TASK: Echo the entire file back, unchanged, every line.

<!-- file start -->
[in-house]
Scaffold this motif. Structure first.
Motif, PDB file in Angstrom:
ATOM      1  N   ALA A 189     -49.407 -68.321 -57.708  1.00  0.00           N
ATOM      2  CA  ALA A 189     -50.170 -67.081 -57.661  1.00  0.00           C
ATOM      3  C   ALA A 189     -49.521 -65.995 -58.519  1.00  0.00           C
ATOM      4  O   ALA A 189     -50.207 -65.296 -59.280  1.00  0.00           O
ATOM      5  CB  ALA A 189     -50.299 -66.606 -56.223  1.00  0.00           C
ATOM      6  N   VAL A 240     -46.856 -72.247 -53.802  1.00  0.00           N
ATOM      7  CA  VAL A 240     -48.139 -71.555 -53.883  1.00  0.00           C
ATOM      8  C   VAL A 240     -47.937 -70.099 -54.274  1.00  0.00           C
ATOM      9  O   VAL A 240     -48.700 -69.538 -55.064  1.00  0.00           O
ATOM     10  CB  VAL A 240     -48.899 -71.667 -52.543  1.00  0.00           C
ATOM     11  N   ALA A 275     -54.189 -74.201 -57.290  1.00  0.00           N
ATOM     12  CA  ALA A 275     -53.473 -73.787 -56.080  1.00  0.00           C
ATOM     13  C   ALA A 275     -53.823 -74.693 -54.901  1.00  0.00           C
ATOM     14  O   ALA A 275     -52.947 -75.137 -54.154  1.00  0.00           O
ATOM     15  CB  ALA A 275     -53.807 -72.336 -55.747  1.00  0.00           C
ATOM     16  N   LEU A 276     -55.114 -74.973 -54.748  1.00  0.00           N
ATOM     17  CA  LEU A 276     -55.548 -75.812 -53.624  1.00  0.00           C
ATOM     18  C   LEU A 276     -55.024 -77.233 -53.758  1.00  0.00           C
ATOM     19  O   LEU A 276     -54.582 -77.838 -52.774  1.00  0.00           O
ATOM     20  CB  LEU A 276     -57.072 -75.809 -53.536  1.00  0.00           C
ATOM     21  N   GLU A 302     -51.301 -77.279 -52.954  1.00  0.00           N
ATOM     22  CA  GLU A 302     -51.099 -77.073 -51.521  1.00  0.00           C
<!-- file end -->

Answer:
[in-house]
Scaffold this motif. Structure first.
Motif, PDB file in Angstrom:
ATOM      1  N   ALA A 189     -49.407 -68.321 -57.708  1.00  0.00           N
ATOM      2  CA  ALA A 189     -50.170 -67.081 -57.661  1.00  0.00           C
ATOM      3  C   ALA A 189     -49.521 -65.995 -58.519  1.00  0.00           C
ATOM      4  O   ALA A 189     -50.207 -65.296 -59.280  1.00  0.00           O
ATOM      5  CB  ALA A 189     -50.299 -66.606 -56.223  1.00  0.00           C
ATOM      6  N   VAL A 240     -46.856 -72.247 -53.802  1.00  0.00           N
ATOM      7  CA  VAL A 240     -48.139 -71.555 -53.883  1.00  0.00           C
ATOM      8  C   VAL A 240     -47.937 -70.099 -54.274  1.00  0.00           C
ATOM      9  O   VAL A 240     -48.700 -69.538 -55.064  1.00  0.00           O
ATOM     10  CB  VAL A 240     -48.899 -71.667 -52.543  1.00  0.00           C
ATOM     11  N   ALA A 275     -54.189 -74.201 -57.290  1.00  0.00           N
ATOM     12  CA  ALA A 275     -53.473 -73.787 -56.080  1.00  0.00           C
ATOM     13  C   ALA A 275     -53.823 -74.693 -54.901  1.00  0.00           C
ATOM     14  O   ALA A 275     -52.947 -75.137 -54.154  1.00  0.00           O
ATOM     15  CB  ALA A 275     -53.807 -72.336 -55.747  1.00  0.00           C
ATOM     16  N   LEU A 276     -55.114 -74.973 -54.748  1.00  0.00           N
ATOM     17  CA  LEU A 276     -55.548 -75.812 -53.624  1.00  0.00           C
ATOM     18  C   LEU A 276     -55.024 -77.233 -53.758  1.00  0.00           C
ATOM     19  O   LEU A 276     -54.582 -77.838 -52.774  1.00  0.00           O
ATOM     20  CB  LEU A 276     -57.072 -75.809 -53.536  1.00  0.00           C
ATOM     21  N   GLU A 302     -51.301 -77.279 -52.954  1.00  0.00           N
ATOM     22  CA  GLU A 302     -51.099 -77.073 -51.521  1.00  0.00           C